Interview: Peter Marshall of "The Black Tie Guide"

Peter Marshall, whose site is perhaps the most comprehensive and popular online resource for black tie attire, is unlike many men today in that he relishes the thought of getting "dressed up" for a night at the opera. He makes it look so effortless... because it really is. Prior to reading The Black Tie Guide, I had gotten snippets of education on formal attire on menswear forums, but nothing quite as definitive. Since its inception, the Guide has expanded to cover white tie and morning wear, albeit to a somewhat lesser extent. It's unfortunate that the Guide didn't exist earlier, else I could have shown up to prom in proper black tie instead of the bizarre hybrid that happened thanks to an ill-informed salesperson. In fact, it was shortly after that I realized my kit was breaking all sorts of rules and not for the better.

Peter Marshall

This only highlights a problem that the Guide sets out to solve: Where do you get an easily accessible, definitive education on what's proper when most rental places or menswear stores don't know a lick about evening wear etiquette? One of my favourite features on the blog is "Reader Role Models", which shows that any man with a living wage can look splendid in a dinner jacket, without the need for a celebrity's income or professional stylists. Indeed, that's exactly what the author pulled off in preparation for a cruise, the research of which also inspired the creation of the website. Judging by the numerous visitors, I'd like to think that at least some proms, weddings, operas, and galas have seen an increase in well turned out men.

Marshall and partner wearing "two takes on a classic".

It's interesting in that The Black Tie Guide has become a shorthand of sorts whenever anyone has questions about what is "correct" black tie on menswear forums. I've noticed on the Ask Andy About Clothes Forums in particular that one of the first replies to such a thread includes a link to the website. In fact, it's what I link my friends when they have questions about it. Unfortunately they don't always follow it, but at least I try...

What I found fascinating was that Mr. Marshall's education was reverse that of most men who set out to improve their look with classic menswear.
Prior to my formalwear research I liked to dress well but didn't often dress up in suit and ties.  I essentially learned everything about traditional menswear through my research for the Guide.  It was a lot like learning how to swim by diving into the deep end of the pool.
I was also curious what motivation his readers have gotten from Agent 007, who is probably the most famous fictional wearer of a dinner suit.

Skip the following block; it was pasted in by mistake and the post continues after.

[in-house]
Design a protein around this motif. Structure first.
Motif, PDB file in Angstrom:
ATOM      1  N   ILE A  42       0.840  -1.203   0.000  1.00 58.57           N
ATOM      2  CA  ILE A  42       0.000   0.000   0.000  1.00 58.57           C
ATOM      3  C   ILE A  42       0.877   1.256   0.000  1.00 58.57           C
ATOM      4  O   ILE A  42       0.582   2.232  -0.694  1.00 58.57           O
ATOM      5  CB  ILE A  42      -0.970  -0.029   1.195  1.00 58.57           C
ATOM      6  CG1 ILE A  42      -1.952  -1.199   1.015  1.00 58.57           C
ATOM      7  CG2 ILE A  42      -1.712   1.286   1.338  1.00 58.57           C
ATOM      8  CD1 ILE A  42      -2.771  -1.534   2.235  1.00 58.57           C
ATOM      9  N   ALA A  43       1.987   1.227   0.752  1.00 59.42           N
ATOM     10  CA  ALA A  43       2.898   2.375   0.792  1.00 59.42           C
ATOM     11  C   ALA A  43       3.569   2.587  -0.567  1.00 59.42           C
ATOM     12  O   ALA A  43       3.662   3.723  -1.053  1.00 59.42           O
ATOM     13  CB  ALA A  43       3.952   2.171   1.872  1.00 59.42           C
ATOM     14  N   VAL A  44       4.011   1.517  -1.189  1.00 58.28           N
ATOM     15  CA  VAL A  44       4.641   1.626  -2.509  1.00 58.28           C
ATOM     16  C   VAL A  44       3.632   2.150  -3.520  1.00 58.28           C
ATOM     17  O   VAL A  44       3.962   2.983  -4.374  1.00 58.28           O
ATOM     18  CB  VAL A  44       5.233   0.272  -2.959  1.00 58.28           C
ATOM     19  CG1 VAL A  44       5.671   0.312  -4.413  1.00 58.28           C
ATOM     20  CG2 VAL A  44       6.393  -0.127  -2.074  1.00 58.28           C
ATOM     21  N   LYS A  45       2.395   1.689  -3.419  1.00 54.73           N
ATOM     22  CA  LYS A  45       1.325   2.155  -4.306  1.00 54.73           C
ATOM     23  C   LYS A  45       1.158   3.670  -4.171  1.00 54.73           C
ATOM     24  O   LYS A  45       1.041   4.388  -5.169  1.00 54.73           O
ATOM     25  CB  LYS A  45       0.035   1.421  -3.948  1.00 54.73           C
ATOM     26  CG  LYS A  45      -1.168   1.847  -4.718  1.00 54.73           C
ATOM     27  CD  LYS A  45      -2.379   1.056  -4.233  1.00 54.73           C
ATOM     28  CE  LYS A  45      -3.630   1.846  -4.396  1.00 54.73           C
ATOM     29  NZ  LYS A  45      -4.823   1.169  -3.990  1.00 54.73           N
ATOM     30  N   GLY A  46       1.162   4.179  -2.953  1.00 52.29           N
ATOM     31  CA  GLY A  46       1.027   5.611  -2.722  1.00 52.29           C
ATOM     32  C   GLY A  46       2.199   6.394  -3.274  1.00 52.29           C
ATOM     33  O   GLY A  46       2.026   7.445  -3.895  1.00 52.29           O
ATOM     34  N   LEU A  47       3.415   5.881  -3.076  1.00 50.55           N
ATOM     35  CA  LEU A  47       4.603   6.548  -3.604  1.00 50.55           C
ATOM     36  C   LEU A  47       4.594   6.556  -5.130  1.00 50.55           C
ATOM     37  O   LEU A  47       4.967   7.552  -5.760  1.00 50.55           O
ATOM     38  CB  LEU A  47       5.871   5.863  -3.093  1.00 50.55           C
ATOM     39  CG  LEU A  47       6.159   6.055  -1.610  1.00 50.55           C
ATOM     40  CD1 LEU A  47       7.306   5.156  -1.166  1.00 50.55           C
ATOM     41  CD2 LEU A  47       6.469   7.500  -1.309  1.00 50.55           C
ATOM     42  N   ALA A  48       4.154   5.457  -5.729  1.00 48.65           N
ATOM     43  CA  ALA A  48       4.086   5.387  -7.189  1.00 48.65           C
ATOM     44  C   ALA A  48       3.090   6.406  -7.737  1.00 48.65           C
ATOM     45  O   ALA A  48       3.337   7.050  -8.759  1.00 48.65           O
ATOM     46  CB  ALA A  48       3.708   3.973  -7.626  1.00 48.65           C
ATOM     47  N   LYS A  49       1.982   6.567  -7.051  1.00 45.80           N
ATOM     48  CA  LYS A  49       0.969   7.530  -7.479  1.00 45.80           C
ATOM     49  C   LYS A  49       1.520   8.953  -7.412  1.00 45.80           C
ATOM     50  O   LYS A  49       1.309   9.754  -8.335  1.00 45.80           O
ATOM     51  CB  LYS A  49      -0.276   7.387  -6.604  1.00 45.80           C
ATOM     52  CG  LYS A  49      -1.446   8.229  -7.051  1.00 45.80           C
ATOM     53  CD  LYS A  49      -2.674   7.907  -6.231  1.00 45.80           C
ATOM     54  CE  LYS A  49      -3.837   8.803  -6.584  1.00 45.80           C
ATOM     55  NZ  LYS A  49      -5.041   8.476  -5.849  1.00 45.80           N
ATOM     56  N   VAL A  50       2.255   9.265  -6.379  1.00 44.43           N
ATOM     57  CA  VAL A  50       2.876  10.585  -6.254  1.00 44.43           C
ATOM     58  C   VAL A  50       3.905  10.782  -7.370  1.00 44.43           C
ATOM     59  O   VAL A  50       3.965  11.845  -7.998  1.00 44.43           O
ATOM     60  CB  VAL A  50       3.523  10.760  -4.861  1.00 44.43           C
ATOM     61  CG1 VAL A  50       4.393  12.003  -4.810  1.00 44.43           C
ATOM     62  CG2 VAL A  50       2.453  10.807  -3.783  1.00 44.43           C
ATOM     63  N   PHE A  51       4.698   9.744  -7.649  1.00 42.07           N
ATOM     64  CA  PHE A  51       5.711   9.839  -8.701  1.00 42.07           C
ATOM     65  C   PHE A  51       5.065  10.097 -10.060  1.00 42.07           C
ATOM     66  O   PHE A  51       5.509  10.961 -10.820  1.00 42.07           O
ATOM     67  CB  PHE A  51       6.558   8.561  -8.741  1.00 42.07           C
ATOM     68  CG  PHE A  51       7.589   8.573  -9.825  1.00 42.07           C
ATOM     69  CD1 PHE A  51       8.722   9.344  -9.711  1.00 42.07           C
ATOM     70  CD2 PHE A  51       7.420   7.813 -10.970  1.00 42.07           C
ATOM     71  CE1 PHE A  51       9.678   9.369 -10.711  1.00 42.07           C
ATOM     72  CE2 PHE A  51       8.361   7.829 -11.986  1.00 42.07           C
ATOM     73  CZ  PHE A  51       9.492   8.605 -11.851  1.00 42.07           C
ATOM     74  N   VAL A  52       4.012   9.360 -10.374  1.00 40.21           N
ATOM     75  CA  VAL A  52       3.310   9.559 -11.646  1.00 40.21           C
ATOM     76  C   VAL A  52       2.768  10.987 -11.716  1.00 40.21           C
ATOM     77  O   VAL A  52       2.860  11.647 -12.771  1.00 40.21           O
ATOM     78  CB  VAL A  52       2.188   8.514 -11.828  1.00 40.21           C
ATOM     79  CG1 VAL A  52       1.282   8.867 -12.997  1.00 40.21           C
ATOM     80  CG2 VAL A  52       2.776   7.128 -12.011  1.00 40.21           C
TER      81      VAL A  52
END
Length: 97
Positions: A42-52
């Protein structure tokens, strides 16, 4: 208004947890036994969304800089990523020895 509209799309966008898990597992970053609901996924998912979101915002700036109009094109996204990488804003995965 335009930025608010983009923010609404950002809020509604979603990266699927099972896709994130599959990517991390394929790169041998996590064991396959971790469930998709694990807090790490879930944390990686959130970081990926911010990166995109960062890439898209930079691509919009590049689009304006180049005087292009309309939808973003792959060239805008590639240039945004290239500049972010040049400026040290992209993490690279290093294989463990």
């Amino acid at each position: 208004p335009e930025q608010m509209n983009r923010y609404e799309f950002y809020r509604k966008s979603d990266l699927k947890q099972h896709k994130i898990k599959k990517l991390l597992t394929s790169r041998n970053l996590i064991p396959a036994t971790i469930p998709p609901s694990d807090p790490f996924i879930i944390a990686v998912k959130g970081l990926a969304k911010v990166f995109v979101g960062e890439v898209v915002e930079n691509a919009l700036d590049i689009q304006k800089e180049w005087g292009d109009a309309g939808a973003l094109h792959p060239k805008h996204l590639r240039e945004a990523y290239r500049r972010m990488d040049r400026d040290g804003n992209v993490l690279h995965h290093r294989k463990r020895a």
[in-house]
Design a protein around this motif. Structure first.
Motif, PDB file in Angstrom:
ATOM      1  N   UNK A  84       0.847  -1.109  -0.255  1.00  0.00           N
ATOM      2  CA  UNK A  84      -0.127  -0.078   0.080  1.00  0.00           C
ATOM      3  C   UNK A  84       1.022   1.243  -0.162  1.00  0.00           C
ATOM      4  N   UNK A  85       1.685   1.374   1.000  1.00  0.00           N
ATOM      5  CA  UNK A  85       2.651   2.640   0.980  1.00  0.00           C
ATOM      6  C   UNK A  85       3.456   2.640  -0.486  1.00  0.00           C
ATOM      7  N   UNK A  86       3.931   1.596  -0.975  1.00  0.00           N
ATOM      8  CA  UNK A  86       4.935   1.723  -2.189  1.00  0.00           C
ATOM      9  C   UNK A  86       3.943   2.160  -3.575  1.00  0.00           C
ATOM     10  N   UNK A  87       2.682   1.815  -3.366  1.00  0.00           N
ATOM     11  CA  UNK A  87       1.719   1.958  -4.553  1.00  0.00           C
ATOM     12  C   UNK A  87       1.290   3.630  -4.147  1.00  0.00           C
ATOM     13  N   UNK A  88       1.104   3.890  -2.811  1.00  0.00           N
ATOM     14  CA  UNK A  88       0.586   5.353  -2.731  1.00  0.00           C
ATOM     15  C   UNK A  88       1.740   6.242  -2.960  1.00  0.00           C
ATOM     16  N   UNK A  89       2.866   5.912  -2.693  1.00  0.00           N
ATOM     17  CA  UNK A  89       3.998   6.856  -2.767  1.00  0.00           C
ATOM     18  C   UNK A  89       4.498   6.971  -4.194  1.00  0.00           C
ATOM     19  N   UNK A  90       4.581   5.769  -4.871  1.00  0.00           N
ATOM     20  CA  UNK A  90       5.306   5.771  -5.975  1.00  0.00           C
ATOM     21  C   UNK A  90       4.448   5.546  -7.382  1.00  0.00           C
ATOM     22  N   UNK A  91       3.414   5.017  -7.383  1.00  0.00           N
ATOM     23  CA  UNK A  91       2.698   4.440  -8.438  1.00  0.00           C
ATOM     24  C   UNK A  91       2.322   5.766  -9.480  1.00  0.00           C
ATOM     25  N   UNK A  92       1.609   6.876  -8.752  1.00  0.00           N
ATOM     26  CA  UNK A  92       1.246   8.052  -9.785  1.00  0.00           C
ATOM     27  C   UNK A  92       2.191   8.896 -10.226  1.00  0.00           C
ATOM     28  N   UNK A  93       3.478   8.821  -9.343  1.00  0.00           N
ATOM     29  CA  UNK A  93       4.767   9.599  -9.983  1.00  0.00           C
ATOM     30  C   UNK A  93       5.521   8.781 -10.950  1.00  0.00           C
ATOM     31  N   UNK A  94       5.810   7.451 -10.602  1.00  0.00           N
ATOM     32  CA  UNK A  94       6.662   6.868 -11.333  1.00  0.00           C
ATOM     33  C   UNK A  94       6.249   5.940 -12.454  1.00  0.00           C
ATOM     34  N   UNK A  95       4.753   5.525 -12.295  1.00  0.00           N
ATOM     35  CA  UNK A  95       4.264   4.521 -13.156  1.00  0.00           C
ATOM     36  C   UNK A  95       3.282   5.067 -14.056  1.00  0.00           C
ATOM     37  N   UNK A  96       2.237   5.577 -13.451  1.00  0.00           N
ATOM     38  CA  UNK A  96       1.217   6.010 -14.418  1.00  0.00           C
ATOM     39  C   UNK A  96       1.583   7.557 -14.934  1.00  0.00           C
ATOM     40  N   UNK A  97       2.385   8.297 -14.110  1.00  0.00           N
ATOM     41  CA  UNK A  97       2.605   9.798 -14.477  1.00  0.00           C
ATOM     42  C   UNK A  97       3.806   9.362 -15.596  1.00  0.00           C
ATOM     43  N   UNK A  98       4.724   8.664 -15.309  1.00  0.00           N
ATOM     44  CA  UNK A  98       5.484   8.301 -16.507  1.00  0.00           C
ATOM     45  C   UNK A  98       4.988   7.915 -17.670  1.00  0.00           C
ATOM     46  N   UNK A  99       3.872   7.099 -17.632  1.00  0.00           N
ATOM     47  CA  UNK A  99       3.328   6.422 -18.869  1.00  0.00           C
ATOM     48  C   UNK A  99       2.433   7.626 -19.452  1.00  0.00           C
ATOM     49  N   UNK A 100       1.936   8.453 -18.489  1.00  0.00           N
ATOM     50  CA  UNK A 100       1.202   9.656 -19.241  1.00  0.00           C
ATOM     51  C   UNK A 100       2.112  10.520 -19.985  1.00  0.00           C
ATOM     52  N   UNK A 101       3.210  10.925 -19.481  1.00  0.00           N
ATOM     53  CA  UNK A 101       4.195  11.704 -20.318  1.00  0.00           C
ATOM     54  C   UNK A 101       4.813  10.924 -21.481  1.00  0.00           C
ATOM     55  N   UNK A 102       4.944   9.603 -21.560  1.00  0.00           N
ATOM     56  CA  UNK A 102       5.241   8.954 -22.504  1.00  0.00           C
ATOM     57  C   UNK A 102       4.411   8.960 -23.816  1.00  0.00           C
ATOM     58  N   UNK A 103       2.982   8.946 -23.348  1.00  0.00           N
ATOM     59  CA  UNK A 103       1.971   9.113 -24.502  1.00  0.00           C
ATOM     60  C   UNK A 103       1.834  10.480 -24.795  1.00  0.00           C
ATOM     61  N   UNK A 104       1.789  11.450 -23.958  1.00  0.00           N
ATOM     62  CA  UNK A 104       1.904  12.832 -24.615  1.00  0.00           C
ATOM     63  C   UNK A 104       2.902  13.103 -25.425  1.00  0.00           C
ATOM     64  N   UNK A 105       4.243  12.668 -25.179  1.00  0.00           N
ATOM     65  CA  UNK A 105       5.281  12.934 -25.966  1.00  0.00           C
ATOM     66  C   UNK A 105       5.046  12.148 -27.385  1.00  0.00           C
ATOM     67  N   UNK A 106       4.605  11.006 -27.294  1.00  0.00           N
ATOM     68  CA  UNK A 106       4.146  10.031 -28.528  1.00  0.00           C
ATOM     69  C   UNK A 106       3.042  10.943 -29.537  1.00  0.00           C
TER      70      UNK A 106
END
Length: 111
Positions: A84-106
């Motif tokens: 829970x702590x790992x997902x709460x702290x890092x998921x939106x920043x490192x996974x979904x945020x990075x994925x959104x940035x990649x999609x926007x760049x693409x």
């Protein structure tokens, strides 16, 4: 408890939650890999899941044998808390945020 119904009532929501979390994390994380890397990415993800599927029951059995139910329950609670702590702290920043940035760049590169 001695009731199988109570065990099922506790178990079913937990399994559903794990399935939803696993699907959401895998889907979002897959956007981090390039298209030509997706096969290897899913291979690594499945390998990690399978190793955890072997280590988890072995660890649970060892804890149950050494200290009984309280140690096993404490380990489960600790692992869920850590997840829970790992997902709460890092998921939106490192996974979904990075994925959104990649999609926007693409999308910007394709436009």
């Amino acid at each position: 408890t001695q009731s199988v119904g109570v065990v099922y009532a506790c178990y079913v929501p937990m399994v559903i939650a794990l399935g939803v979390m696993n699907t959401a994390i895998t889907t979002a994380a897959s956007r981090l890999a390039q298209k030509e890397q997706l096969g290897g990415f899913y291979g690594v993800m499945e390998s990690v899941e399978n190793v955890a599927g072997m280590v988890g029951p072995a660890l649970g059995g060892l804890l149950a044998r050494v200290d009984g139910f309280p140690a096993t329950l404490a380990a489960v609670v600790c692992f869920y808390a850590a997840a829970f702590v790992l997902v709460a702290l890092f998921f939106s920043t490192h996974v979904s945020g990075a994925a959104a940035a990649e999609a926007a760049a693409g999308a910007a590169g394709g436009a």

I don't know what influence the pre-Craig Bonds had on black tie because I wasn't tracking that sort of thing prior to my web site being posted the same year as Casino Royale.  I can say, though, that I have noticed a huge amount of interest in his tuxedos (especially the first one) on menswear blogs and in email sent to me by readers.  I can also say that the two most visited posts on my blog are both about James Bond.  The character's strong association with formal wear in the eyes of novices is the reason I typically frame my arguments for classic black tie in the context of how to avoid setting out to look like James Bond and ending up looking like his waiter.
Regarding modern trends, he's noticed some positive developments but had choice words about others.
I like the fact that midnight blue and pocket squares have made a comeback in formal fashion.  Other than that, the current trends are all focused on reducing the tuxedo to the level of an ordinary business suit.  Not only is this development uninspired but it may also lead to the tuxedo becoming totally redundant.  Why invest in formal wear if you can just throw on a black suit and tie? Just remembered another contemporary trend that I like: Fly-front formal shirts. It makes the outfit that much more streamlined and that much less fussy. I think it is here to stay.  (Unless of course it gets replaced by a regular dress shirt which isn't such a far-fetched concept considering the other degradations that black tie is experiencing.)
But it can't all be bad. The numbers suggest that more men are at least curious about dressing nicely than they were before.
It continually blows my mind that over 80,000 people visit the Guide every month to learn the etiquette of Victorian dining attire in this extremely informal world. I'm thankful for all the opportunities that the site has provided me, such as appearing in a front page article on the Wall Street Journal this past Saturday! It is extremely rewarding to hear from men around the world who have been motivated by the Guide to take the time to assemble a proper formal outfit instead of just settling for the first unorthodox variation they happened upon. In this extremely casual age of ours I always assume my next black-tie event will be my last.  Consequently they have been some of the most enjoyable evenings of my life.
Thanks again to Mr. Marshall for taking the time to answer my questions.


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